13 killed in Damascus army bus bombing: state media

13 killed in Damascus army bus bombing: state media
Updated 20 October 2021

13 killed in Damascus army bus bombing: state media

13 killed in Damascus army bus bombing: state media
  • Images released by SANA showed a burning bus

DAMASCUS: A bomb attack on an army bus in Damascus killed at least 13 people Wednesday in the bloodiest such attack in years, the SANA state news agency reported.
“A terrorist bombing using two explosive devices targeted a passing bus” on a key bridge in the capital, the news agency said, reporting an initial casualty toll of 13 dead and three wounded.
Images released by SANA showed a burning bus and what it said was a bomb squad defusing a third device that had been planted in the same area.
Damascus had been mostly spared such violence in recent years, especially since troops and allied militia retook the last significant rebel bastion near the capital in 2018.


Those who want to stop Beirut port blast probe are involved in the crime, say activists

Those who want to stop Beirut port blast probe are involved in the crime, say activists
Updated 20 October 2021

Those who want to stop Beirut port blast probe are involved in the crime, say activists

Those who want to stop Beirut port blast probe are involved in the crime, say activists
  • Civil society members stage a sit-in outside the Justice Palace to show ‘solidarity with the judiciary’

BEIRUT: Tarek Bitar, the judge leading the investigation into the August 2020 port explosion, resumed investigations on Tuesday after being notified by the Lebanese Civil Court of Cassation of its second decision to reject the request submitted by the defendant in the case of MP Ali Hassan Khalil.

Normal service resumed at the Justice Palace in Beirut after a long vacation. The Lebanese army guarding roads leading to the palace and Ain Remaneh, which was the arena of bloody events on Thursday, over protests to dismiss Bitar from the case. The repercussions of these events have affected the political scene, its parties and the people.

Civil society activists under the auspices of the “Lebanese Opposition Front” staged a sit-in outside the Justice Palace to show “solidarity with the Judiciary carrying out its national duties and support for Judge Bitar to face the threats.”

Speaking on behalf of the protestors, activist Dr. Ziad Abdel Samad said: “A free and sovereign state cannot exist without a legitimate authority, judiciary and justice.”

Abdel Samad urged “the defendants to appear before Judge Bitar, because the innocent normally show up and defend themselves instead of resorting to threats.”

“We have reached this low point today because of a ruling elite allied with the Hezbollah statelet, protected by illegal arms.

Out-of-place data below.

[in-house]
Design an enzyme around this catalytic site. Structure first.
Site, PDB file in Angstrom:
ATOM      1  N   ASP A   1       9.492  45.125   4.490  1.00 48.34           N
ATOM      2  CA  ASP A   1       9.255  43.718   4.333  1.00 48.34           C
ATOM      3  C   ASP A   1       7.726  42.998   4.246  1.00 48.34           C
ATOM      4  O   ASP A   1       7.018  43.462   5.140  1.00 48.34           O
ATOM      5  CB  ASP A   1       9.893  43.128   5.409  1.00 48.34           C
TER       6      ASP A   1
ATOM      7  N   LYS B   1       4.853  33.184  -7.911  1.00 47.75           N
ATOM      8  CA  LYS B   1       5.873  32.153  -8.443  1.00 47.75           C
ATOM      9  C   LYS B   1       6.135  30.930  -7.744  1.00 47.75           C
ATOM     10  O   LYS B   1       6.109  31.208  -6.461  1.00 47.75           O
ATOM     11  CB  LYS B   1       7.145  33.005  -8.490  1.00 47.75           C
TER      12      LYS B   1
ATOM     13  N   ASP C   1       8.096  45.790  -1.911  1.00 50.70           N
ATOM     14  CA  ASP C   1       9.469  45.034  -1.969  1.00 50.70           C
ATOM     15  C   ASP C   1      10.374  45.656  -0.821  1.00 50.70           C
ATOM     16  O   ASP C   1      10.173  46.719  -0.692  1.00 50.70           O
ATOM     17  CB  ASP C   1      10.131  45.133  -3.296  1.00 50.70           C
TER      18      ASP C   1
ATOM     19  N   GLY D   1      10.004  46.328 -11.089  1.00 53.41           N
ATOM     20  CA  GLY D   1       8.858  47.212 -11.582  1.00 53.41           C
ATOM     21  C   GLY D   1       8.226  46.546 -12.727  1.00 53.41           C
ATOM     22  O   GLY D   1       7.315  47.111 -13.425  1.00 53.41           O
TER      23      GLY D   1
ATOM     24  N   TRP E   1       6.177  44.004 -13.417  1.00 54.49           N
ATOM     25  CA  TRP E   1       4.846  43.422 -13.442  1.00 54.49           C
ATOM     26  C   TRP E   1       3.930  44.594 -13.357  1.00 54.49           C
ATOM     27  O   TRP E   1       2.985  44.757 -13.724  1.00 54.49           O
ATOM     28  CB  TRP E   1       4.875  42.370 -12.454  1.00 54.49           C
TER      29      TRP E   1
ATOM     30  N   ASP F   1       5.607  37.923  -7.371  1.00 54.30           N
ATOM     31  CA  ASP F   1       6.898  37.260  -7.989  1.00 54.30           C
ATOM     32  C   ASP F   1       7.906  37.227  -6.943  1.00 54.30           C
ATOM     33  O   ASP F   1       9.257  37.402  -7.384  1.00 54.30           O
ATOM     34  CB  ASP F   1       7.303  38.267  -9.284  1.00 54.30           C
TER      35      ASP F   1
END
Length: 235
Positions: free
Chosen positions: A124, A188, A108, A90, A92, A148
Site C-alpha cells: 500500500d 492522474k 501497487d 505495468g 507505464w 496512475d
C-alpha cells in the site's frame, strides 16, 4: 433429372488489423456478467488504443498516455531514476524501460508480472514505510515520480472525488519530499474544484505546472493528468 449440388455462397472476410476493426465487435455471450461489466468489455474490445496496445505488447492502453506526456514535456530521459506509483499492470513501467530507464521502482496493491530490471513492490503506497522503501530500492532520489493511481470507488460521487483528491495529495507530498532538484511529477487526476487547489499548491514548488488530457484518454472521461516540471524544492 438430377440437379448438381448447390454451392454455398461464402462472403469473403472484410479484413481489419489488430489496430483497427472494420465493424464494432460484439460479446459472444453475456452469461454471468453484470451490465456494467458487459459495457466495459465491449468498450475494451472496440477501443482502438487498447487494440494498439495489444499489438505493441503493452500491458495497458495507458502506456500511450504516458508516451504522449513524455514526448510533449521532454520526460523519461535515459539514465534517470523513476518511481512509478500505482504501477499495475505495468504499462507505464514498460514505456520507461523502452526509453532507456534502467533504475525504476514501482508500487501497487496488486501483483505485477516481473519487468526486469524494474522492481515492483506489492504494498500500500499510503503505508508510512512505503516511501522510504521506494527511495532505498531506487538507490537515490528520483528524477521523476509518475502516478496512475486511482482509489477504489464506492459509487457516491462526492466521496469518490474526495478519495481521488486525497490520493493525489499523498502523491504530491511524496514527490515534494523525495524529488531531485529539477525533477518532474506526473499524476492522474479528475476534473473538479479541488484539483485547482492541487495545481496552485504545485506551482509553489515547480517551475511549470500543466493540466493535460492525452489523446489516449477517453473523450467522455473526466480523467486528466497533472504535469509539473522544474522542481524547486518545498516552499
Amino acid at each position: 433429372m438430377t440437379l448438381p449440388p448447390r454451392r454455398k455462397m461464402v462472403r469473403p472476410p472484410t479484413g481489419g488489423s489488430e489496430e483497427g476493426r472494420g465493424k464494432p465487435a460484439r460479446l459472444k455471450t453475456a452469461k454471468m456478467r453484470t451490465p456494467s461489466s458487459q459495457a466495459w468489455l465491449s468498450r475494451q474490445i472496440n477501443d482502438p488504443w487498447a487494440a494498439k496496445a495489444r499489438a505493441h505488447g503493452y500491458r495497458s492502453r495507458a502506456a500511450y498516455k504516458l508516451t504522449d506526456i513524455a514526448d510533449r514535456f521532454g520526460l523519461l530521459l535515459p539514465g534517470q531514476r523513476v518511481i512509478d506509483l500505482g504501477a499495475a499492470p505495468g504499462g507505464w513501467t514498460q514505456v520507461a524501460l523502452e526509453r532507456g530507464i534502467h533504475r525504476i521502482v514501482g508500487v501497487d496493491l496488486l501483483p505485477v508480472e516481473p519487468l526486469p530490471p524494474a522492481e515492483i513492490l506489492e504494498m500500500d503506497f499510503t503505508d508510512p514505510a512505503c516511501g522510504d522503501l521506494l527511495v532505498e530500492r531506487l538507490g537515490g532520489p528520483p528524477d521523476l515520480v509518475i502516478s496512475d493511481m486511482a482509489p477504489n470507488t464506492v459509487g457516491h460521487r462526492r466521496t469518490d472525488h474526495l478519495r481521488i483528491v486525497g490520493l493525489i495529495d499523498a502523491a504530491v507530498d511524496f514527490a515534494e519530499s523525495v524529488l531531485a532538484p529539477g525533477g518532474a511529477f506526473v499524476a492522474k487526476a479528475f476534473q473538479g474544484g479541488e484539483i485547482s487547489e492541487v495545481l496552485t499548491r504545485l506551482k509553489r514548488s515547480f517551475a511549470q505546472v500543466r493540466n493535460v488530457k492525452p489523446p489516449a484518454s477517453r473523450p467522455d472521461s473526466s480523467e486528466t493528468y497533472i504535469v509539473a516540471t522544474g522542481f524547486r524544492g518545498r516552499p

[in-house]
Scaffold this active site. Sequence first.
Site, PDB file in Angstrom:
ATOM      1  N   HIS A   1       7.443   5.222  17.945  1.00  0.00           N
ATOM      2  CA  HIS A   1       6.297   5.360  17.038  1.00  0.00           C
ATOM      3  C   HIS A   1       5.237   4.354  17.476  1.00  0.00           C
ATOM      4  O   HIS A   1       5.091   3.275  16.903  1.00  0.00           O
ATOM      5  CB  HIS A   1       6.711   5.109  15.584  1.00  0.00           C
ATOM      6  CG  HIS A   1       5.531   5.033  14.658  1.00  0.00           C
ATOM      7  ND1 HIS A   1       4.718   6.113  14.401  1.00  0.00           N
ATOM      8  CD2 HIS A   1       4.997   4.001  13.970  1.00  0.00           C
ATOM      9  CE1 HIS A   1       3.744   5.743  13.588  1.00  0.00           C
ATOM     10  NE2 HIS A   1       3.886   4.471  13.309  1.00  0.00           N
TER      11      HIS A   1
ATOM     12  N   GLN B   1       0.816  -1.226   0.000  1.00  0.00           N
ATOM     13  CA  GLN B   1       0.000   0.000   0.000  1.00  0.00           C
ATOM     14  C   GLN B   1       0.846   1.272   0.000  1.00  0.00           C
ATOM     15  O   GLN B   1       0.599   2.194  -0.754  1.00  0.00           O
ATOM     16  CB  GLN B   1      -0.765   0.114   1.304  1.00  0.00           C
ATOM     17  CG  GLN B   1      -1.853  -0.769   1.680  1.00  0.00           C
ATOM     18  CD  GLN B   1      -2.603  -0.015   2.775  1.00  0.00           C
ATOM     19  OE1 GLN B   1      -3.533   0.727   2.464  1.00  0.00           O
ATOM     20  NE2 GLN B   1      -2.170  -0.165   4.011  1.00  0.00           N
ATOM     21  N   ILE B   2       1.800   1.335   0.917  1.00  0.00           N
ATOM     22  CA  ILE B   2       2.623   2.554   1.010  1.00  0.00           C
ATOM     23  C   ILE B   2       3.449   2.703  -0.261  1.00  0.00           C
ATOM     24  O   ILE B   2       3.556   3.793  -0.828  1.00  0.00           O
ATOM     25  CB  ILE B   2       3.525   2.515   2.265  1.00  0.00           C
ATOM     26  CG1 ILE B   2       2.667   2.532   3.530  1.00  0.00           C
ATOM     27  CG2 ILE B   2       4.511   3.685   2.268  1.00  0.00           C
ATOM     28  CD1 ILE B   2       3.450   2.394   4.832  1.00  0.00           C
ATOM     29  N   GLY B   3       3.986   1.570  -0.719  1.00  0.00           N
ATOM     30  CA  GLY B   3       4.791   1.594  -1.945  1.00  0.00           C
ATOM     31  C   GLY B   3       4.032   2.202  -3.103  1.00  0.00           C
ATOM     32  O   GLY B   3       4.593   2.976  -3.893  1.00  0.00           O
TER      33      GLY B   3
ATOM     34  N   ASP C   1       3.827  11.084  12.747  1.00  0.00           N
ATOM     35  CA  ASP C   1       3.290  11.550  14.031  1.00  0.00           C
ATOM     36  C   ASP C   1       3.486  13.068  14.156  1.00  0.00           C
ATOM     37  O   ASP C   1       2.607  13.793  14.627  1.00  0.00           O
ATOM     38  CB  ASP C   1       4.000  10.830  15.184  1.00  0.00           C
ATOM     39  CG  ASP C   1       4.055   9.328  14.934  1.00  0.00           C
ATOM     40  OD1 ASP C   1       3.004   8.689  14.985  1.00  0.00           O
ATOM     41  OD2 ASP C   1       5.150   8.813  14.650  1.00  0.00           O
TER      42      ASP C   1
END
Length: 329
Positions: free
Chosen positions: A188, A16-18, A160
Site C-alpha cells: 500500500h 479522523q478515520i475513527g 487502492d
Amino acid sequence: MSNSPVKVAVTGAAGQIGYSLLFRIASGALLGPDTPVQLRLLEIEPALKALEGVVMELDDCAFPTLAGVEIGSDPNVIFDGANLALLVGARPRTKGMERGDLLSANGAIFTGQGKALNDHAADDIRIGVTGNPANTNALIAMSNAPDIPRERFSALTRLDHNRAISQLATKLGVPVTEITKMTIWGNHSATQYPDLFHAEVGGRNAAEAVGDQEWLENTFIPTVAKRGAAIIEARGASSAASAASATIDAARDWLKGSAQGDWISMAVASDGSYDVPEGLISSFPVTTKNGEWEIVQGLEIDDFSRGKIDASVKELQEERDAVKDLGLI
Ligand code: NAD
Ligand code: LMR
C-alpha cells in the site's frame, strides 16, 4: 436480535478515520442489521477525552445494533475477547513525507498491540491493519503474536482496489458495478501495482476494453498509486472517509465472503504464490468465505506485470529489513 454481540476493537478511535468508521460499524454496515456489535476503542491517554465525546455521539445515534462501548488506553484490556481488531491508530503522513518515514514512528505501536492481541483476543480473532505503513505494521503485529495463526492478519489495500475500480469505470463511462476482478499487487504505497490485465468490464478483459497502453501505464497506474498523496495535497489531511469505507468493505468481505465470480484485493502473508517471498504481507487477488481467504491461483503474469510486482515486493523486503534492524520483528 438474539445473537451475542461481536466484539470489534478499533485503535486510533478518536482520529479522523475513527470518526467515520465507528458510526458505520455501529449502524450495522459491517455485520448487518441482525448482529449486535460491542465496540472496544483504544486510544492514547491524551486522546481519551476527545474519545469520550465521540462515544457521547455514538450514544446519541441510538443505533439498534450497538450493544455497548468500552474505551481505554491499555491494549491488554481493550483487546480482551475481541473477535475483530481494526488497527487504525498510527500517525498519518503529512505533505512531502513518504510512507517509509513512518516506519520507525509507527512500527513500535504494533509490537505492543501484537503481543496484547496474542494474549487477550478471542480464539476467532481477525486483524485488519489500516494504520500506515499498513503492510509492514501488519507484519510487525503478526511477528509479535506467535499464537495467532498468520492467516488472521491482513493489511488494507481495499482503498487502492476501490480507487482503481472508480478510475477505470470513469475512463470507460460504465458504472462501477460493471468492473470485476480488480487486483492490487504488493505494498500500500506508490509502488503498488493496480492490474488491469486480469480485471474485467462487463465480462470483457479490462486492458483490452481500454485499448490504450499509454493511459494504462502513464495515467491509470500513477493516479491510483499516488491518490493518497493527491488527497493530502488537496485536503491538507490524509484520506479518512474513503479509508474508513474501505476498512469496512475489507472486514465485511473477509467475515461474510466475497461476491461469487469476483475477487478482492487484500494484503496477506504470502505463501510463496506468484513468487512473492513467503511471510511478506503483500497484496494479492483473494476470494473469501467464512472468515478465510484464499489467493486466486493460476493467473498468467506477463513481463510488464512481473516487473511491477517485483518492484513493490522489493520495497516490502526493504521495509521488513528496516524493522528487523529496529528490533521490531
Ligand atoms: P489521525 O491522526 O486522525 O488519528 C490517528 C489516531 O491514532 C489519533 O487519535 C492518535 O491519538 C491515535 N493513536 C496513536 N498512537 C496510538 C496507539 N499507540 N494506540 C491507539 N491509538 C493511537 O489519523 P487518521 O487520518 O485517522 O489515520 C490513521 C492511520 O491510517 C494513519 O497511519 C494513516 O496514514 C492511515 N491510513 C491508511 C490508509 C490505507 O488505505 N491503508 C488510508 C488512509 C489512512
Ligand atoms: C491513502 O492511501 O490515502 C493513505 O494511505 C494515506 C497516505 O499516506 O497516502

“They want to dismiss Judge Bitar in all arbitrary ways and threats because he has come so close to the truth after they managed to dismiss the former judge, hiding behind their immunities because they know they are involved in the crime.”

Abdel Samad claimed that “those making threats are involved in the crime.”

Regarding the Tayouneh events that took place last week, he said: “They took to the streets to demonstrate peacefully, as they claimed, but they almost got us into a new civil war as a result of the hatred and conspiracies against Lebanon.”

Lawyer May Al-Khansa, known for her affiliation with Hezbollah, submitted a report at the Lebanese Civil Court of Cassation against the leader of the Lebanese Forces party, Samir Geagea, Judge Bitar and “all those who appear in the investigation to be involved, accomplices or partners in crimes of terrorism and terrorism funding, undermining the state’s authority, inciting a strife, and other crimes against the law and the Lebanese Constitution.”

Hezbollah Leader Hassan Nasrallah on Monday night waged an unprecedented campaign of accusations and incitement against the Lebanese Forces party and its leader.    

Nasrallah accused them of being “the biggest threat for the presence of Christians in Lebanon” and said they were “forming alliances with Daesh.”

In a clear threat to Geagea and his party, Nasrallah bragged in his speech of having “100,000 trained fighters,” calling on Christians to “stand against this murderer.”

Nasrallah accused Bitar of “carrying out a foreign agenda targeting Hezbollah in the Beirut port crime” and of “being supported by embassies and authorities, turning him into a dictator.”

During the parliamentary session on Tuesday, no contact was made between Hezbollah and the Lebanese Forces. However, a handshake was spotted between the Lebanese Forces’ MP Pierre Abu Assi and the Amal Movement’s MP Hani Kobeissi.

Minister of Culture Mohammed Mortada, who represents Hezbollah, said “Hezbollah’s ministers will attend the ministerial session if Prime Minister Najib Mikati calls for one, but the justice minister and the judiciary must find a solution to the issue of lack of trust in Bitar.”

Several calls were made on Monday night between different political groups to prevent escalation and calm the situation.

Efforts are being made to reach a settlement that allows Bitar to keep his position and for defendants in the Beirut port case — who are former ministers and MPs — to be referred to the Supreme Judicial Council for prosecution.

Elsewhere, parliament dropped the proposal of a women’s quota ensuring female participation through  a minimum of 26 seats.

It passed a move to allow expats to vote for the 128 MPs and dropped the decision to allocate six additional seats representing them.

The parliament’s decision angered Gebran Bassil, who heads the Strong Lebanon parliamentary bloc. Following the parliamentary session, Bassil referred to “a political game in the matter of expats’ right to vote, which we will not allow to happen.”